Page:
If you go to the following url http://spriteme.org using Internet Explorer (for some reason it’s not working for me using Firefox), add that page to your Favorites. No go back to your website – the page you want to optimise, and visit spriteme.org from the shortcut you’ve just saved in your Favorites – the website will recognise it’s just been called from a bookmark it will then go through the CSS of your site and start combining the images you use into a single image.

It might take a little bit of practice to see exactly what’s going on with the repeat-x and y and the image offsets, but once you understand what’s going on it’s really very simple and the difference it will make is HUGE!

#8 – Combine your CSS & .JS files

This is a lot like reducing the number of HTTP requests (in fact that’s exactly what you’re doing only this time it’s with code rather than images). Once you’ve used webpagetest.org a few times and you realise how time consuming HTTP requests are you’ll understand the need to make as few as possible.

If you’re working from a WordPress template or another generic template for a content management system you’ll probably find that the code is increadibly sloppy – this doesn’t necessarily mean badly written it’s just that templates can be calling up different colour schemes, fonts, backgrounds etc… It will also mean that JavaScript libraries such as jQuery or MooTools are being used along with multiple other files – it’s time to get your hands dirty. You don’t have to do any actual programming, just the basics of combining all the code in to one chunk and then ‘minifying’ your scripts so they take up less space.

As you can see from the image above we’re rockin’ big time with 5 A’s that not only means that the same webserver can now handle about 4 times as much traffic, it makes for a better end-user experience and on top of that it will also get you a higher placing in the search engines – Not bad!

#9 – Cookies

Removing cookies can be a simple process, by simply setting up a different sub domain for your static content you’ll automatically remove cookies being constantly sent with the HTTP request.

A subdomain example:

http://images.mydomain.com/myimage.jpg instead of http://www.mydomain.com/myimage.jpg

By not sending cookies with every request you can further reduce the payload (size) of requests from a being sent from your server.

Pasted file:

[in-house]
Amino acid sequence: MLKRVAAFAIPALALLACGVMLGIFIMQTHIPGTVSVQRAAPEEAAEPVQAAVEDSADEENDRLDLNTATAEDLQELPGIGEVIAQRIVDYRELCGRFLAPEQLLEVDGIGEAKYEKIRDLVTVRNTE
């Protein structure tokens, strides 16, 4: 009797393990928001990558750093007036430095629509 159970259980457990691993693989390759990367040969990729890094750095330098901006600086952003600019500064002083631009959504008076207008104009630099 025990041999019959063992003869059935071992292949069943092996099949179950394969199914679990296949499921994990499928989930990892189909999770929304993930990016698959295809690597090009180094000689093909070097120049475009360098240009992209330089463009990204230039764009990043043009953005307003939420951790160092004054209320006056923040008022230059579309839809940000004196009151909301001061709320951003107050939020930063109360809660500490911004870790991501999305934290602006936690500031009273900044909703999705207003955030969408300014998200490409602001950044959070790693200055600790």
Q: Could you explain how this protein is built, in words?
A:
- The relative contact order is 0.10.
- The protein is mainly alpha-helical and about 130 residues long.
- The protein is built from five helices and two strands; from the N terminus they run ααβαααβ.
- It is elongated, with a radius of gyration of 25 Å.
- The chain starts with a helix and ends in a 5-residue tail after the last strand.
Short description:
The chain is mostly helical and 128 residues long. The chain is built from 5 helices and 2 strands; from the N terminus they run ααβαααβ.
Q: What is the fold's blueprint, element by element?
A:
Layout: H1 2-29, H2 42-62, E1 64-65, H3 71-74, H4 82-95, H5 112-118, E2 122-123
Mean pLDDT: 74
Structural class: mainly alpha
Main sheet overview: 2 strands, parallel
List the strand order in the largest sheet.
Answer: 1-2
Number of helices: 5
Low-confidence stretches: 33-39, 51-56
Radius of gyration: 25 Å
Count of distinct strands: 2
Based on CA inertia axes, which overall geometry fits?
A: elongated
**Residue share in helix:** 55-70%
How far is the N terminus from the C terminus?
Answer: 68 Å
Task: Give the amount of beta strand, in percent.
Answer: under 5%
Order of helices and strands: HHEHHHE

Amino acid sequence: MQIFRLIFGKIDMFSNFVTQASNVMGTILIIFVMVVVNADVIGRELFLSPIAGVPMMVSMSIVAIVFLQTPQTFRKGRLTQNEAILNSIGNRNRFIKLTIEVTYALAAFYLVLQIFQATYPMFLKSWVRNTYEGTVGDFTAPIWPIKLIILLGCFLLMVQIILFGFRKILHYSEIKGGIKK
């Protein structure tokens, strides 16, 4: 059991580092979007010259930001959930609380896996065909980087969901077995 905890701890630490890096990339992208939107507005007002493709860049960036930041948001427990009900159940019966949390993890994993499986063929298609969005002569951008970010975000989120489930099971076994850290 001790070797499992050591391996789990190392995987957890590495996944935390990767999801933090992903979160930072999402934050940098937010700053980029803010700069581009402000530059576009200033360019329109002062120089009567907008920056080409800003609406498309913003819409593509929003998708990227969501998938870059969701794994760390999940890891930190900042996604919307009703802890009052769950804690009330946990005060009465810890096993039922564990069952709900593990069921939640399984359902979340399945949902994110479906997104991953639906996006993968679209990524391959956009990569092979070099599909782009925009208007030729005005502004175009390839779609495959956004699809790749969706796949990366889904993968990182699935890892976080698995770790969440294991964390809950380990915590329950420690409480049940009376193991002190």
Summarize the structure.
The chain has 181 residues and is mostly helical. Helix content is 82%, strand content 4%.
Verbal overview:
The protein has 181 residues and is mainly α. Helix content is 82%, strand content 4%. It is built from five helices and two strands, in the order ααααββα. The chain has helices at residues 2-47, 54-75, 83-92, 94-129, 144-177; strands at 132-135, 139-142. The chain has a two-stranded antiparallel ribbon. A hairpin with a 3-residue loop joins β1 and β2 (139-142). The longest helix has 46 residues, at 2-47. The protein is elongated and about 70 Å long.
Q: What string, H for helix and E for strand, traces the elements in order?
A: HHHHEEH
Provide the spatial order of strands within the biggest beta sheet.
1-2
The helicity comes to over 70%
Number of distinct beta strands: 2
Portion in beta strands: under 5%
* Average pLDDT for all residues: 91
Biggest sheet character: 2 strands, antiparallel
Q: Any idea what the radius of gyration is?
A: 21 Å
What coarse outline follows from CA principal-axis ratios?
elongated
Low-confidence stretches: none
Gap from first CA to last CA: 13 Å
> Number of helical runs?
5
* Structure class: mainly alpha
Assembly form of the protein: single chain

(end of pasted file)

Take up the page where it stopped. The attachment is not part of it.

#10 – Using a CDN

Using a Content Delivery Network means that geo-graphical location plays a part in the delivery of your website. With a CDN your static content ie. images, video, sound, and Flash are distributed to a number of servers strategically located around the globe. This helps to dramatically reduce the number of physical ‘hops’ an HTTP request has to go through to get resolved – It’s faster to send a page from a server located in Hong-Kong to a surfer located in that region of the world than it is to send the same page half way round the planet from a server located in the UK.

The reason I left the CDN till last is it’s the one optimisation that costs money. There are free CDN’s but I couldn’t honestly recommend using them as they can be extreamily un-reliable.

Well that just about wraps it up from me for IIS optimisation. I hope you’ve found this post useful – catch ya later!

Simon

WAIT!

All done are you? I’m a long in the tooth, hard-core, old-school programmer. I believe that now – once you’ve just past step #10 you probably think you’re all done? And you know all about optimisation?

Nothing’s ever that easy. If only it were. I’m guessing that you’ve probably just optimised your homepage to be super speedy. I’ll make it easy for you here, but I’ll lay it straight on the table – You’ll never finish optimising – EVER.

That doesn’t mean just being anal about every nano second, because there really is a point where you shouold just stop. It does mean that your homepage is not the only page on your site. If you’re running a blog like me, you’re going to have lots of posts. Pick the ones that bring you in the most traffic. Take the URL and pop that into webpagetest.org and see how they come out.

All the best.

Simon

http://www.caspianit.co.uk/iis6-compression-for-php-how-to-compress-css-with-gzip-tutorial/